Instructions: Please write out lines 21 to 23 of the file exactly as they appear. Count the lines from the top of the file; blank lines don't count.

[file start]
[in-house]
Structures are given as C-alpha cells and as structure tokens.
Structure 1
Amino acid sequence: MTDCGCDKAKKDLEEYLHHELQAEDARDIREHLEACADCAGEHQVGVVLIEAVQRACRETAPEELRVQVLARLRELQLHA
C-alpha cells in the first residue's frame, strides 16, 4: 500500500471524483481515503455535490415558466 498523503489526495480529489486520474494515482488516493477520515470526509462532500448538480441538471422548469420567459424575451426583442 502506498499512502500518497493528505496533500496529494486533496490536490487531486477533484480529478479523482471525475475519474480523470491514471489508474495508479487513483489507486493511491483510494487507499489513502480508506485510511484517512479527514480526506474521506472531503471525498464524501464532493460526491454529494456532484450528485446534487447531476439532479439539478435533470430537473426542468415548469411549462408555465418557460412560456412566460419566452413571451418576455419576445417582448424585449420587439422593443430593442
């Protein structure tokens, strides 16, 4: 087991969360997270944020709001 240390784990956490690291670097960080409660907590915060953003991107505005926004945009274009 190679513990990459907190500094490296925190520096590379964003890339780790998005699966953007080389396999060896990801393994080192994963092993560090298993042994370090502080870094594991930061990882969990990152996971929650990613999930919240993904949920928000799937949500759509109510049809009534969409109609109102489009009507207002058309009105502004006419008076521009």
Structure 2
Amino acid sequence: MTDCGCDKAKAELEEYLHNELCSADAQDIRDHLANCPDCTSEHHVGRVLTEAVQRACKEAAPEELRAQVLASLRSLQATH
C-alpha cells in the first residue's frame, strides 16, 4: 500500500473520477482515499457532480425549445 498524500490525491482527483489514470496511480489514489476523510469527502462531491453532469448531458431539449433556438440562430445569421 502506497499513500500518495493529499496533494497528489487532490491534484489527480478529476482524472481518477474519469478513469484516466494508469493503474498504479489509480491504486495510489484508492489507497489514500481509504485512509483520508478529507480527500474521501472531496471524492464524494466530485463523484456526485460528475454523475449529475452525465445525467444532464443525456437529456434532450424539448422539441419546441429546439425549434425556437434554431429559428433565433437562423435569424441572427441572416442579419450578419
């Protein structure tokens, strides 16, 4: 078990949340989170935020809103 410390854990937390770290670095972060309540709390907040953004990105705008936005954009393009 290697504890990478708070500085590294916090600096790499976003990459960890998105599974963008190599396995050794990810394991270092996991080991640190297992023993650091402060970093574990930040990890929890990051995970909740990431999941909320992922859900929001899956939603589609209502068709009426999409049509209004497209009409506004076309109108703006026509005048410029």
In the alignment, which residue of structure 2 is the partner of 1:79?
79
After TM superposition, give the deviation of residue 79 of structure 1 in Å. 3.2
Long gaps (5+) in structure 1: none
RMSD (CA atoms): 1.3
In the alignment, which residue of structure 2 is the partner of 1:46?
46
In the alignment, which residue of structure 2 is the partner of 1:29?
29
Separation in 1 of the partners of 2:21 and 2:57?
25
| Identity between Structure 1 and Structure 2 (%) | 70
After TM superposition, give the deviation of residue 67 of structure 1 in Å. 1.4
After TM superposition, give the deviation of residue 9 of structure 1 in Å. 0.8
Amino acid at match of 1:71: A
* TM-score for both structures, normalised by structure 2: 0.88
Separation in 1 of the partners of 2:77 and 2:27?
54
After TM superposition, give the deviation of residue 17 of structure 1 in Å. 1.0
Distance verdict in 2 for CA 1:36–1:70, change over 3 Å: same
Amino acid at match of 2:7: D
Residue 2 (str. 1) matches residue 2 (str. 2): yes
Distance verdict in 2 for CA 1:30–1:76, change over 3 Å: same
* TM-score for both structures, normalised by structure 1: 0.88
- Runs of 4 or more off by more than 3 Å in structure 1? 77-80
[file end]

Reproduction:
25
| Identity between Structure 1 and Structure 2 (%) | 70
After TM superposition, give the deviation of residue 67 of structure 1 in Å. 1.4